Car trivia: how did the ford mustang got its name?


1963 Ford Mustang

 

The decision to go with Mustang came in late 1963. However, as part of the security effort around the project, various design models and prototypes carried other names until early 1964. The most reasonable explanation for the name, however, was that John Najjar, the designer on the project, drew inspiration from the P-51 Mustang, a World War II-era fighter.

 

The name was initially rejected because the leaders at Ford did not want it to sound like an aeroplane. Najjar then pitched the name again as a type of horse, which everyone loved and the leadership team endorsed it. This also became the basis for the now-famous Mustang emblem.

 

However, according to Lee Iacocca, there was a trend of naming cars after animals. An advertising consultant gave them a list of mostly animal names for the car and Mustang was one of them. According to Ford Motor Company, a wide range of names was considered and used on the various design proposals, including Cougar, Torino, Allegro, Avventura and even Thunderbird II.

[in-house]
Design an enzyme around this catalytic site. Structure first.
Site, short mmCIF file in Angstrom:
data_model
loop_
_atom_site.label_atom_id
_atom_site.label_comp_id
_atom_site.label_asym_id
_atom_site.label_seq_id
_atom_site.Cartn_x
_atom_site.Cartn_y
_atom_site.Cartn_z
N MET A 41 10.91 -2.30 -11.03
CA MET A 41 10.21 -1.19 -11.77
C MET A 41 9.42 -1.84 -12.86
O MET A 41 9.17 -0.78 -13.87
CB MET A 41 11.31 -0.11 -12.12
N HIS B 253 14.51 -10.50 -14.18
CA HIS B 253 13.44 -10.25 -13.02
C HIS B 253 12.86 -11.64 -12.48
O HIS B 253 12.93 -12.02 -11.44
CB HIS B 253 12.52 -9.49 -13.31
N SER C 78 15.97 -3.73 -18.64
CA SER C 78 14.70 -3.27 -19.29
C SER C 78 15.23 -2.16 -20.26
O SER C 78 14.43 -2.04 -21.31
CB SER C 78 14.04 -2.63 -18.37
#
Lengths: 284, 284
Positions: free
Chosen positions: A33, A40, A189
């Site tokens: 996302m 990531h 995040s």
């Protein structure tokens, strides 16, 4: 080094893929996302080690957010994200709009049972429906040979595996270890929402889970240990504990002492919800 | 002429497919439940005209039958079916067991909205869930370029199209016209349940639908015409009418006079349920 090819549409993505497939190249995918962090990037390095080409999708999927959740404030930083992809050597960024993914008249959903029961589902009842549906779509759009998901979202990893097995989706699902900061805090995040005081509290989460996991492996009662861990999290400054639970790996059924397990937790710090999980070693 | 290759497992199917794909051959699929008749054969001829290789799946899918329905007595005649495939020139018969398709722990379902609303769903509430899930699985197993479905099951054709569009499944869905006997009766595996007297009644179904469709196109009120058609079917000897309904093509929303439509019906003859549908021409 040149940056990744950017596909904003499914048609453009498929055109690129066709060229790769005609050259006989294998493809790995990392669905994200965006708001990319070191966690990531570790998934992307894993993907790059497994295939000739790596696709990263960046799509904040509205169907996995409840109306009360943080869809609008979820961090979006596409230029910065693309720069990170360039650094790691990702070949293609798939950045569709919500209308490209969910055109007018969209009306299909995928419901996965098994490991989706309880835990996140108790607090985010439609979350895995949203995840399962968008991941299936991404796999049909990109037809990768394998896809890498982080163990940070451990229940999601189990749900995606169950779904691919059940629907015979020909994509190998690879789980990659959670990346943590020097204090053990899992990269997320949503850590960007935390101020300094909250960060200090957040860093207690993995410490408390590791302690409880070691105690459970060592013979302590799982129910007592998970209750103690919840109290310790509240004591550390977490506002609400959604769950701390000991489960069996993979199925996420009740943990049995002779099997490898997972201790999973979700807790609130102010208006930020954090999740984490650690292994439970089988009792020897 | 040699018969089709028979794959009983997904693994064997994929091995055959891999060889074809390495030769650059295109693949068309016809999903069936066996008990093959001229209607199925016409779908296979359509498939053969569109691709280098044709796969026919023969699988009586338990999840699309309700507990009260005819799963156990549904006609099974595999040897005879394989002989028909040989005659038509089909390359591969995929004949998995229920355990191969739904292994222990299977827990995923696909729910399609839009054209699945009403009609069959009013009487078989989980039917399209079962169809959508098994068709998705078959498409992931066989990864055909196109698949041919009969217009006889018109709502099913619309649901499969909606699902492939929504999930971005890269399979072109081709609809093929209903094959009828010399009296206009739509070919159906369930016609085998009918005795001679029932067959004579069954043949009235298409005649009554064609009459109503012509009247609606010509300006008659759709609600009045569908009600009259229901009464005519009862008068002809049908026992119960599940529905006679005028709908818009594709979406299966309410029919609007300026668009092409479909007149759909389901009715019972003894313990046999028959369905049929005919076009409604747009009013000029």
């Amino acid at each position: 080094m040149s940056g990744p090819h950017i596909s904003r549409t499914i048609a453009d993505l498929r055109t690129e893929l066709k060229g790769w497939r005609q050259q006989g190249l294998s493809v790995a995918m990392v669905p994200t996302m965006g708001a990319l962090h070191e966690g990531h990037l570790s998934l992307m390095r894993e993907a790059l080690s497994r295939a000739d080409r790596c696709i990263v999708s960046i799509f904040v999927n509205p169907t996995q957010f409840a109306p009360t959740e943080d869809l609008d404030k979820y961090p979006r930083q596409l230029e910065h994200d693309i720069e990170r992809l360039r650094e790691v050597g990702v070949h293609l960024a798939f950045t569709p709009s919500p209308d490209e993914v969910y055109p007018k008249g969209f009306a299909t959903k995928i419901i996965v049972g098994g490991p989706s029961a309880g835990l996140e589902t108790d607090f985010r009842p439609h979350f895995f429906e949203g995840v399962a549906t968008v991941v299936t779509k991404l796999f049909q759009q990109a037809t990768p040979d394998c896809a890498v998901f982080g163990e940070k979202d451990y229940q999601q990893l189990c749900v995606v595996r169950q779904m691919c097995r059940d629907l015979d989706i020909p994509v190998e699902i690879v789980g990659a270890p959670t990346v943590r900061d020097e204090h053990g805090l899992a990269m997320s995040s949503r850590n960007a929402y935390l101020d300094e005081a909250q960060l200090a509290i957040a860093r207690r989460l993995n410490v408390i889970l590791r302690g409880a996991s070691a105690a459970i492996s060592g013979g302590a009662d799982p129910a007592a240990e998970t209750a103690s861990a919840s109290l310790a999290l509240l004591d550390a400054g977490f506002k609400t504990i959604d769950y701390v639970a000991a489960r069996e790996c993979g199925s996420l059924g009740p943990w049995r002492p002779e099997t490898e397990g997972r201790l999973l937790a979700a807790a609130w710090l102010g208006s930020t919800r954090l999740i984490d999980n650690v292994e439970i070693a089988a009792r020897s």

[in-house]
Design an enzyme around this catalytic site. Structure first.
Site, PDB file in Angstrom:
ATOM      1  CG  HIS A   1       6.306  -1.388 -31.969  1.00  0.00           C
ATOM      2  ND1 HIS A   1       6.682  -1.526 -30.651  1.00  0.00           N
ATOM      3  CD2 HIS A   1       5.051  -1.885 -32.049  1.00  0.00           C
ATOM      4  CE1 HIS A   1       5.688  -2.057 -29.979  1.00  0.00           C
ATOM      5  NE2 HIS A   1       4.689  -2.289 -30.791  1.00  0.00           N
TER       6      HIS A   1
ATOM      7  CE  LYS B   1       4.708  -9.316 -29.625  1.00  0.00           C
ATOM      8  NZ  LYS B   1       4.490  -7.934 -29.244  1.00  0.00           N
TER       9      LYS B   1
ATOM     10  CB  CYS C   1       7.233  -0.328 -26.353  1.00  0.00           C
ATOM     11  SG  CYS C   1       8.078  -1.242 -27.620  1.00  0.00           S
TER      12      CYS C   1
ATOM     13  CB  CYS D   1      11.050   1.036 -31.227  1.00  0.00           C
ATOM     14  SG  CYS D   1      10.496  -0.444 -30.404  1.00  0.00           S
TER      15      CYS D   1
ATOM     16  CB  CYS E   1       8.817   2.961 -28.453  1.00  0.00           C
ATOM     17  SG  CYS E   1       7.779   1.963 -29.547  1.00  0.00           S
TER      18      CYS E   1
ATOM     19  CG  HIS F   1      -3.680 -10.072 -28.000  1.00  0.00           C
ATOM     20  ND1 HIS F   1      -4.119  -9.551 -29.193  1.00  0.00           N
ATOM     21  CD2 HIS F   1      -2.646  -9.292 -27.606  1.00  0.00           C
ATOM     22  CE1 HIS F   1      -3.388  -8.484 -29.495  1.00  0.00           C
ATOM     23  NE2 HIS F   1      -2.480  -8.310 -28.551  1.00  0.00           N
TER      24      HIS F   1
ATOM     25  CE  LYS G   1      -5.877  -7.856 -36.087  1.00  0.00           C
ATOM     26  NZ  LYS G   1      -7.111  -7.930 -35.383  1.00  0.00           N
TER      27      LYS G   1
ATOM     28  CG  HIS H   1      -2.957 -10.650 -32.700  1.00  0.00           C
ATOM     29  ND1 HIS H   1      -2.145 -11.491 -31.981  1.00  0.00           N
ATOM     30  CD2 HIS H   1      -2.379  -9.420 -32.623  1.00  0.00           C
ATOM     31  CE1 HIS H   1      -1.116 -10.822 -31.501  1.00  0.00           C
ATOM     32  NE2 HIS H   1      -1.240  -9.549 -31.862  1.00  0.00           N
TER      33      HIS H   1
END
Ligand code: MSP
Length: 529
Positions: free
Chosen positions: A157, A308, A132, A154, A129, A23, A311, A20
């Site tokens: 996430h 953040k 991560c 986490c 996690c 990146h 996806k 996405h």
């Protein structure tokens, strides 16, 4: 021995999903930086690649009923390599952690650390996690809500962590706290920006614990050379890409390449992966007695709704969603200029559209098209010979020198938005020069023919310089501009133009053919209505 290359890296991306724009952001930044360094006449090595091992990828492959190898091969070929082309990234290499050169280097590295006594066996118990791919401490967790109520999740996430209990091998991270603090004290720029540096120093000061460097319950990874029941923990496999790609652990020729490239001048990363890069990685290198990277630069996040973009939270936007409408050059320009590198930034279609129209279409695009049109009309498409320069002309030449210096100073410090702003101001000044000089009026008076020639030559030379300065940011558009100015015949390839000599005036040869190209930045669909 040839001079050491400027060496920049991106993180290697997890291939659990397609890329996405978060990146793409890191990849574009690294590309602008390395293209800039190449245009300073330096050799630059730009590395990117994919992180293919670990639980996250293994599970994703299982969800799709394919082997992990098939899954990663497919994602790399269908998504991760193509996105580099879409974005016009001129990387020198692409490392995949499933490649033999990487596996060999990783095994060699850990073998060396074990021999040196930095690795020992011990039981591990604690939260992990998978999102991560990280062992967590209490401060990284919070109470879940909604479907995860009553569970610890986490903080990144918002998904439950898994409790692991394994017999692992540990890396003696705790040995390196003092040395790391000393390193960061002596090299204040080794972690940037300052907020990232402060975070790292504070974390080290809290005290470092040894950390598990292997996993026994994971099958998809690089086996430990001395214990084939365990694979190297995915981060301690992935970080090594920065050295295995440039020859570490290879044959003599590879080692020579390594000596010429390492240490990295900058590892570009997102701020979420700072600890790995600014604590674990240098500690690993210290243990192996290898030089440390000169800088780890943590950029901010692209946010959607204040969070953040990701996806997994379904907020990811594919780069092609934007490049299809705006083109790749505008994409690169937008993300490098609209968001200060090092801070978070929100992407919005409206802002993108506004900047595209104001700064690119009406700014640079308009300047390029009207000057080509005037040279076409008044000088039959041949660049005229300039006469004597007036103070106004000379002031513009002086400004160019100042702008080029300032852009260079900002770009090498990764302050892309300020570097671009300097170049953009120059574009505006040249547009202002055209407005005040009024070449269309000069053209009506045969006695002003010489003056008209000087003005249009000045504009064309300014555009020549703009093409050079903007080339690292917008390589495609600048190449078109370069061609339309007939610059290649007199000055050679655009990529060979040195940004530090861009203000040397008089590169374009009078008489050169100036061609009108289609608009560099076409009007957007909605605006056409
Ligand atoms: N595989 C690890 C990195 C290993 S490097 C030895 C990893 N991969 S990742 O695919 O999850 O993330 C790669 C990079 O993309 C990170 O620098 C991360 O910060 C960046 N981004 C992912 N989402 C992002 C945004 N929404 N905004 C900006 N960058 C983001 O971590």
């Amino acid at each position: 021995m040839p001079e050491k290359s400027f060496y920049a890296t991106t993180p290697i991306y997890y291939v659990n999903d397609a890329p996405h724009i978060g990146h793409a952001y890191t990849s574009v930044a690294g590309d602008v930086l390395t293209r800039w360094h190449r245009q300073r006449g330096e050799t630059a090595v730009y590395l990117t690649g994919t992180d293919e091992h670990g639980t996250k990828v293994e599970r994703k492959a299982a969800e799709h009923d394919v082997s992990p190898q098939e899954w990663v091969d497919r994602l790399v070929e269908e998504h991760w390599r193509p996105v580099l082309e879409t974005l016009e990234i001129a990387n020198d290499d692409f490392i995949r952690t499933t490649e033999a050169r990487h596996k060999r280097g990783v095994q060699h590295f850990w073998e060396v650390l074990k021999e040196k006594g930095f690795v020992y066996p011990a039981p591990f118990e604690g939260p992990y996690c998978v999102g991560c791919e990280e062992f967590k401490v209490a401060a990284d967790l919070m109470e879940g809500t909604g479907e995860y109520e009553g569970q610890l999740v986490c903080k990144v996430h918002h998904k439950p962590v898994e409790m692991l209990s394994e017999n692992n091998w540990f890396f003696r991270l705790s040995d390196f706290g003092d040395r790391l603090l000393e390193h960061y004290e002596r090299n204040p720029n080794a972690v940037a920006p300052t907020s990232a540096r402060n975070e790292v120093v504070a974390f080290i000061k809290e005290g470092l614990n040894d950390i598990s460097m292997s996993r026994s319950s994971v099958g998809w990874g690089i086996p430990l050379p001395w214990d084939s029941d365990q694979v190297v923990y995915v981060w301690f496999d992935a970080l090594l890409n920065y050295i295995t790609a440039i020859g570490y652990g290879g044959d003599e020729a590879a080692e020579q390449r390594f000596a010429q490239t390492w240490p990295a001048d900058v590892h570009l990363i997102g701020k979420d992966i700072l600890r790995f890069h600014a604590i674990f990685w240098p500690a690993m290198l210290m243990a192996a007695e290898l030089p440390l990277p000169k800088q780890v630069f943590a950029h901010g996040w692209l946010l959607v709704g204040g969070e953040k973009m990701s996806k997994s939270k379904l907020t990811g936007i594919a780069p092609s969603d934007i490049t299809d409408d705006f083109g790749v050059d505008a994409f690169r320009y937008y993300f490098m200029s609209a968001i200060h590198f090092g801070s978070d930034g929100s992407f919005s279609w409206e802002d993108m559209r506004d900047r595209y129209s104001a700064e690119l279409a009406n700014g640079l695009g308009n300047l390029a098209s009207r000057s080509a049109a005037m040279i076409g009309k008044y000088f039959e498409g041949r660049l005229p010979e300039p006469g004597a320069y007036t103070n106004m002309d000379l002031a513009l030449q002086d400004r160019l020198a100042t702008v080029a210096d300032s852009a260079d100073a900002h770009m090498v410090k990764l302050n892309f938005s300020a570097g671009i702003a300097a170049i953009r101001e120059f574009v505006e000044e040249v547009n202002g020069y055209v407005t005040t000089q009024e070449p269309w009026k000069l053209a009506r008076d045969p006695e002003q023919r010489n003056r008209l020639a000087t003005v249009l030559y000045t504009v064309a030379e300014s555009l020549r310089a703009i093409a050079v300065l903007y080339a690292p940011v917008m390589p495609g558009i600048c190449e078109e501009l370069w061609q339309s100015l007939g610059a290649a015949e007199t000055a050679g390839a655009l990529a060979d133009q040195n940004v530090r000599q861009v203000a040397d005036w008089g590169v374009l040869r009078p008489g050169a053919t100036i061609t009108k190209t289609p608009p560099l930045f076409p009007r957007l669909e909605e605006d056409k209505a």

The Mustang is generally considered the first “pony car” introduced in 1964. It was designed to be more compact and more affordable than the larger muscle cars that inspired them. It was reported to be the most successful product launch in automotive history.

 


2015 Ford Mustang

 

Early versions of the Ford Mustang are highly collectable today. And the 2015 Mustang marks the 50th anniversary of continuous Mustang production, since 1964. To commemorate the 50th anniversary of Ford Mustang line of vehicles, a total of 1964 units of a version of 2015 Ford Mustang GT Coupé with performance pack and either a manual or automatic transmission were made.

 

*Photos are courtesy of Google Image Search

 

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